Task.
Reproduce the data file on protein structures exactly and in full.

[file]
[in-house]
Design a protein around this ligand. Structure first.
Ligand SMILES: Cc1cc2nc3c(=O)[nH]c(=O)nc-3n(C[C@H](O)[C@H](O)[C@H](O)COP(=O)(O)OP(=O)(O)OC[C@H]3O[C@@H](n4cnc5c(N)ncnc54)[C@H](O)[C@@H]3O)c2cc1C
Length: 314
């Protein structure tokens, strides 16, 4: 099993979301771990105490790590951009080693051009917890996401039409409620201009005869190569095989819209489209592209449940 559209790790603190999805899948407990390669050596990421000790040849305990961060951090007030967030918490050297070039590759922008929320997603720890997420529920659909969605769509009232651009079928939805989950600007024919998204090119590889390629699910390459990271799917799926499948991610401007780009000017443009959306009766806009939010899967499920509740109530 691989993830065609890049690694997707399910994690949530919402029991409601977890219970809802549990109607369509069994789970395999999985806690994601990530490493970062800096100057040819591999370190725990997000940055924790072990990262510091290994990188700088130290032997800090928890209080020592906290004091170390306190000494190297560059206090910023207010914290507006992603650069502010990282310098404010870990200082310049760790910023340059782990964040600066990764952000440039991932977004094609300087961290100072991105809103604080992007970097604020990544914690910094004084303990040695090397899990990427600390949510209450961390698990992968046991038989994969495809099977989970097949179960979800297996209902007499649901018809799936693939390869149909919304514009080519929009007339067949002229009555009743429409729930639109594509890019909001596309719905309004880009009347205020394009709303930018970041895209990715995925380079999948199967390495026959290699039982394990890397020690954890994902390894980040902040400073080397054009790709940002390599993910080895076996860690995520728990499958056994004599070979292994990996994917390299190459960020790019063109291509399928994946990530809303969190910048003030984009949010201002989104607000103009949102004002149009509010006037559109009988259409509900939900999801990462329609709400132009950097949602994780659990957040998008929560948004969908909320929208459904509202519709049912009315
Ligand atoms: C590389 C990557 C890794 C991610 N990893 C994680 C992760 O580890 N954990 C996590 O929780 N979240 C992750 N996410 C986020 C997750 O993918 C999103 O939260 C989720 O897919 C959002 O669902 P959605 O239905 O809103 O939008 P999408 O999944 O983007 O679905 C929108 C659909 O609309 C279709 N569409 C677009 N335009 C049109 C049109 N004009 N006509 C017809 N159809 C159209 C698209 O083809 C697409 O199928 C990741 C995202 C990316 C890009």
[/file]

[in-house]
Design a protein around this ligand. Structure first.
Ligand SMILES: Cc1cc2nc3c(=O)[nH]c(=O)nc-3n(C[C@H](O)[C@H](O)[C@H](O)COP(=O)(O)OP(=O)(O)OC[C@H]3O[C@@H](n4cnc5c(N)ncnc54)[C@H](O)[C@@H]3O)c2cc1C
Length: 314
């Protein structure tokens, strides 16, 4: 099993979301771990105490790590951009080693051009917890996401039409409620201009005869190569095989819209489209592209449940 559209790790603190999805899948407990390669050596990421000790040849305990961060951090007030967030918490050297070039590759922008929320997603720890997420529920659909969605769509009232651009079928939805989950600007024919998204090119590889390629699910390459990271799917799926499948991610401007780009000017443009959306009766806009939010899967499920509740109530 691989993830065609890049690694997707399910994690949530919402029991409601977890219970809802549990109607369509069994789970395999999985806690994601990530490493970062800096100057040819591999370190725990997000940055924790072990990262510091290994990188700088130290032997800090928890209080020592906290004091170390306190000494190297560059206090910023207010914290507006992603650069502010990282310098404010870990200082310049760790910023340059782990964040600066990764952000440039991932977004094609300087961290100072991105809103604080992007970097604020990544914690910094004084303990040695090397899990990427600390949510209450961390698990992968046991038989994969495809099977989970097949179960979800297996209902007499649901018809799936693939390869149909919304514009080519929009007339067949002229009555009743429409729930639109594509890019909001596309719905309004880009009347205020394009709303930018970041895209990715995925380079999948199967390495026959290699039982394990890397020690954890994902390894980040902040400073080397054009790709940002390599993910080895076996860690995520728990499958056994004599070979292994990996994917390299190459960020790019063109291509399928994946990530809303969190910048003030984009949010201002989104607000103009949102004002149009509010006037559109009988259409509900939900999801990462329609709400132009950097949602994780659990957040998008929560948004969908909320929208459904509202519709049912009315
Ligand atoms: C590389 C990557 C890794 C991610 N990893 C994680 C992760 O580890 N954990 C996590 O929780 N979240 C992750 N996410 C986020 C997750 O993918 C999103 O939260 C989720 O897919 C959002 O669902 P959605 O239905 O809103 O939008 P999408 O999944 O983007 O679905 C929108 C659909 O609309 C279709 N569409 C677009 N335009 C049109 C049109 N004009 N006509 C017809 N159809 C159209 C698209 O083809 C697409 O199928 C990741 C995202 C990316 C890009």